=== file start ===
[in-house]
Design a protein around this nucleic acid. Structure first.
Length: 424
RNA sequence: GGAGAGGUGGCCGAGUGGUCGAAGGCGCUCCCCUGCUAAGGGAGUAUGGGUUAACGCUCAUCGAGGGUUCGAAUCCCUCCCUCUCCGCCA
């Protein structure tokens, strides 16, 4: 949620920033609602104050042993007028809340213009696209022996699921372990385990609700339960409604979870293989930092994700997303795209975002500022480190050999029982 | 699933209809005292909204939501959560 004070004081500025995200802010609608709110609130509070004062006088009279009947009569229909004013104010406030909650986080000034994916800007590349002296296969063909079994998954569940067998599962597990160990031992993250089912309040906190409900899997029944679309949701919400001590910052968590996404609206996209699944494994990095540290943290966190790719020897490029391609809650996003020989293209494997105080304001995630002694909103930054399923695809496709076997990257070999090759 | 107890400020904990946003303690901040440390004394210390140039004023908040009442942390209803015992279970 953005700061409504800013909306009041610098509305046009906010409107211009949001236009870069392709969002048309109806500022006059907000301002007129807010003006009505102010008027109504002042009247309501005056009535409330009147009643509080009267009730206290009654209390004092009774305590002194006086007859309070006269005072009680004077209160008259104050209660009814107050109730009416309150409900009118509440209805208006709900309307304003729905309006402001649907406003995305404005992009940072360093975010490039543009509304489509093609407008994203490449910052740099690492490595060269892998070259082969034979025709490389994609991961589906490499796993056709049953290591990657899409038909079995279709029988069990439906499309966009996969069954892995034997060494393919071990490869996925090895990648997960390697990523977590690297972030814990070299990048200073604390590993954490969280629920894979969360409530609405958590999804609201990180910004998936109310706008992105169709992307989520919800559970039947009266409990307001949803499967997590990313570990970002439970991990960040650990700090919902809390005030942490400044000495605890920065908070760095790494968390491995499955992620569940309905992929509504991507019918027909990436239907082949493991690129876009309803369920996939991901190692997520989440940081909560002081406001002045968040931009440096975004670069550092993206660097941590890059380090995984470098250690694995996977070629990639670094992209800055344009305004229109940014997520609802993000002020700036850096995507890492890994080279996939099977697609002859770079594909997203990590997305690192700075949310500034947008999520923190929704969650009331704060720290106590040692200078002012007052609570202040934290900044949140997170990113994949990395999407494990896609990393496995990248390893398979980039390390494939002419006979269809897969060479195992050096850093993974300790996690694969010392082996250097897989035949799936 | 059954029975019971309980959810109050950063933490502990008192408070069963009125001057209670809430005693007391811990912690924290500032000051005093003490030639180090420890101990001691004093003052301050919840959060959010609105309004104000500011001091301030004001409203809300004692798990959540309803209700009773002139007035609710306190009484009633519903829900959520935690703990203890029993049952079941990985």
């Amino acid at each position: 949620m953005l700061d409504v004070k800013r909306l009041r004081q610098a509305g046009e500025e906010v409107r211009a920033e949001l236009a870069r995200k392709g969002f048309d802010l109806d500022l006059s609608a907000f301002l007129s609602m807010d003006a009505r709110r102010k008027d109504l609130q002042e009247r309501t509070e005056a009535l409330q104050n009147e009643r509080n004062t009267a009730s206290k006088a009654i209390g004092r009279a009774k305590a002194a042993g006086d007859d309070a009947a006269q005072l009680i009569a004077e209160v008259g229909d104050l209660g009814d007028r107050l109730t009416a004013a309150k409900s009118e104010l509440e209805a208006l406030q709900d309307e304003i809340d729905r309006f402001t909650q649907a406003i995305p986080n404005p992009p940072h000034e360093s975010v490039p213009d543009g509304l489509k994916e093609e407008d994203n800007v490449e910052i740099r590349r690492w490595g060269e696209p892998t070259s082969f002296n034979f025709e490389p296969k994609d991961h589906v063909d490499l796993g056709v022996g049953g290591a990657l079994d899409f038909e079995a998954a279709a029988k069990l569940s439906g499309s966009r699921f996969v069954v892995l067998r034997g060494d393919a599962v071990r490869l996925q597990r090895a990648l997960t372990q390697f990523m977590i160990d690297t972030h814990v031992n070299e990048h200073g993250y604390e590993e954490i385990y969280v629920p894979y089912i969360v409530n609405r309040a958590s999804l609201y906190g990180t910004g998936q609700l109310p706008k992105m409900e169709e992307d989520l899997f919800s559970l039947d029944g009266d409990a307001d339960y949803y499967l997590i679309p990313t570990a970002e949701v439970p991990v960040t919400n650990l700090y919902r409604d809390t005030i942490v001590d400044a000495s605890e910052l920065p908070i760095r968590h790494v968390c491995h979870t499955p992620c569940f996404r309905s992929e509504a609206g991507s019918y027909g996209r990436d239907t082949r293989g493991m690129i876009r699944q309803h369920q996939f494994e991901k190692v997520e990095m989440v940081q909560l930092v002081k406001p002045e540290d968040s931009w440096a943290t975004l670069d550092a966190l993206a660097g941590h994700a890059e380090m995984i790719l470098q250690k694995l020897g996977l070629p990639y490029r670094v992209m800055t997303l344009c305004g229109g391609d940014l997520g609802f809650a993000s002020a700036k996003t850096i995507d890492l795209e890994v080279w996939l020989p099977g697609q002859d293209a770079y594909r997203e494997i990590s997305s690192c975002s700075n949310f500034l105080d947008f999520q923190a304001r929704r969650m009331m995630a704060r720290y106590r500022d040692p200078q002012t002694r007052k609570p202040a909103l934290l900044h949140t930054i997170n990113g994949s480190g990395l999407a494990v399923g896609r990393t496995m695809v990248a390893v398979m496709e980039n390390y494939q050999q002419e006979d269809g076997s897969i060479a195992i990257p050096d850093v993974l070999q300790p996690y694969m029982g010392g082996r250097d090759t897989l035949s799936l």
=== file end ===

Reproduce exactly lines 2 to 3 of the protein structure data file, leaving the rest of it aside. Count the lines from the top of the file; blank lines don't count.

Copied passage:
Design a protein around this nucleic acid. Structure first.
Length: 424